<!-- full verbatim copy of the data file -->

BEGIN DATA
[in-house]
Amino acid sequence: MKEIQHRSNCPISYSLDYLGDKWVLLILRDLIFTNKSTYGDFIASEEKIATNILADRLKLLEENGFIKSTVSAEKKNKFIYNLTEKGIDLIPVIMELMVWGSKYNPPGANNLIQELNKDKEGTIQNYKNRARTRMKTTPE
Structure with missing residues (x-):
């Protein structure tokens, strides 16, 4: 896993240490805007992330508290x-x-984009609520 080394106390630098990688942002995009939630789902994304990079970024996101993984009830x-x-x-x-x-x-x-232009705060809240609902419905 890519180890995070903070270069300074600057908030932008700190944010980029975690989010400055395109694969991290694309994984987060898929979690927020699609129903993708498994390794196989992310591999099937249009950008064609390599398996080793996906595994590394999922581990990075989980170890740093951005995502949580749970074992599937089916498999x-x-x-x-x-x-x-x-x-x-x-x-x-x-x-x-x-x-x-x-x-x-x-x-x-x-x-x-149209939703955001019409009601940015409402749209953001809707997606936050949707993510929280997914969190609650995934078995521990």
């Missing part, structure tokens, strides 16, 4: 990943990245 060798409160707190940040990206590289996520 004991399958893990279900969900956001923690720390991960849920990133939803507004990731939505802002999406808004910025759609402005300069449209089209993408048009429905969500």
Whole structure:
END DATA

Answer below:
[in-house]
Amino acid sequence: MKEIQHRSNCPISYSLDYLGDKWVLLILRDLIFTNKSTYGDFIASEEKIATNILADRLKLLEENGFIKSTVSAEKKNKFIYNLTEKGIDLIPVIMELMVWGSKYNPPGANNLIQELNKDKEGTIQNYKNRARTRMKTTPE
Structure with missing residues (x-):
């Protein structure tokens, strides 16, 4: 896993240490805007992330508290x-x-984009609520 080394106390630098990688942002995009939630789902994304990079970024996101993984009830x-x-x-x-x-x-x-232009705060809240609902419905 890519180890995070903070270069300074600057908030932008700190944010980029975690989010400055395109694969991290694309994984987060898929979690927020699609129903993708498994390794196989992310591999099937249009950008064609390599398996080793996906595994590394999922581990990075989980170890740093951005995502949580749970074992599937089916498999x-x-x-x-x-x-x-x-x-x-x-x-x-x-x-x-x-x-x-x-x-x-x-x-x-x-x-x-149209939703955001019409009601940015409402749209953001809707997606936050949707993510929280997914969190609650995934078995521990």
């Missing part, structure tokens, strides 16, 4: 990943990245 060798409160707190940040990206590289996520 004991399958893990279900969900956001923690720390991960849920990133939803507004990731939505802002999406808004910025759609402005300069449209089209993408048009429905969500």
Whole structure: